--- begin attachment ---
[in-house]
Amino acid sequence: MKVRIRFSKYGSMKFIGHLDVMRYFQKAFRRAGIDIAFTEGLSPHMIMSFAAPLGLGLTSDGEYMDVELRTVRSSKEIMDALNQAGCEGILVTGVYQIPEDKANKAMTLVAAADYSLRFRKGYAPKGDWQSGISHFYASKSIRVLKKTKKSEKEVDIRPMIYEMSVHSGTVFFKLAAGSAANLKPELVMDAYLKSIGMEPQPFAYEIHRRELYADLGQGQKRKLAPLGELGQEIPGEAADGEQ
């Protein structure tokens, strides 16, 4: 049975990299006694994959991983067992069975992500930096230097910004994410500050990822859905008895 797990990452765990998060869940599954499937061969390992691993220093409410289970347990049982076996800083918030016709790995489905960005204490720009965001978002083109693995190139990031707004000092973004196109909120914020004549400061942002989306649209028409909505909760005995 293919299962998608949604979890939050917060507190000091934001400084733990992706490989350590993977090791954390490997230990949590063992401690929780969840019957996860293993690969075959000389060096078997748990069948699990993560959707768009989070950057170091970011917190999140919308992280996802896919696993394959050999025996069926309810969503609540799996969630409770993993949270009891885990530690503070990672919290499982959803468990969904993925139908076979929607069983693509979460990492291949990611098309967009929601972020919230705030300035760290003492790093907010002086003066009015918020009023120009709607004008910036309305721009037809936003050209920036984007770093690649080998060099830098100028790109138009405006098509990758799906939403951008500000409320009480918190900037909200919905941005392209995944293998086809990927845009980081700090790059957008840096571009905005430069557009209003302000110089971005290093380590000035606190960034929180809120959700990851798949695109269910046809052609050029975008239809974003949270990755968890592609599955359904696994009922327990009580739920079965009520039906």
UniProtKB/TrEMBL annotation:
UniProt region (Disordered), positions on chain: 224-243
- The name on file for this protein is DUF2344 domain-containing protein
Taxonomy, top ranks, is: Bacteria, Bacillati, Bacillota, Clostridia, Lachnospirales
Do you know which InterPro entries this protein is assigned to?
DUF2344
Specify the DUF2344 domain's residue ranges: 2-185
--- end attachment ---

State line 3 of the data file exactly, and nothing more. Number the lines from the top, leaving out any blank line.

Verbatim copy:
């Protein structure tokens, strides 16, 4: 049975990299006694994959991983067992069975992500930096230097910004994410500050990822859905008895 797990990452765990998060869940599954499937061969390992691993220093409410289970347990049982076996800083918030016709790995489905960005204490720009965001978002083109693995190139990031707004000092973004196109909120914020004549400061942002989306649209028409909505909760005995 293919299962998608949604979890939050917060507190000091934001400084733990992706490989350590993977090791954390490997230990949590063992401690929780969840019957996860293993690969075959000389060096078997748990069948699990993560959707768009989070950057170091970011917190999140919308992280996802896919696993394959050999025996069926309810969503609540799996969630409770993993949270009891885990530690503070990672919290499982959803468990969904993925139908076979929607069983693509979460990492291949990611098309967009929601972020919230705030300035760290003492790093907010002086003066009015918020009023120009709607004008910036309305721009037809936003050209920036984007770093690649080998060099830098100028790109138009405006098509990758799906939403951008500000409320009480918190900037909200919905941005392209995944293998086809990927845009980081700090790059957008840096571009905005430069557009209003302000110089971005290093380590000035606190960034929180809120959700990851798949695109269910046809052609050029975008239809974003949270990755968890592609599955359904696994009922327990009580739920079965009520039906």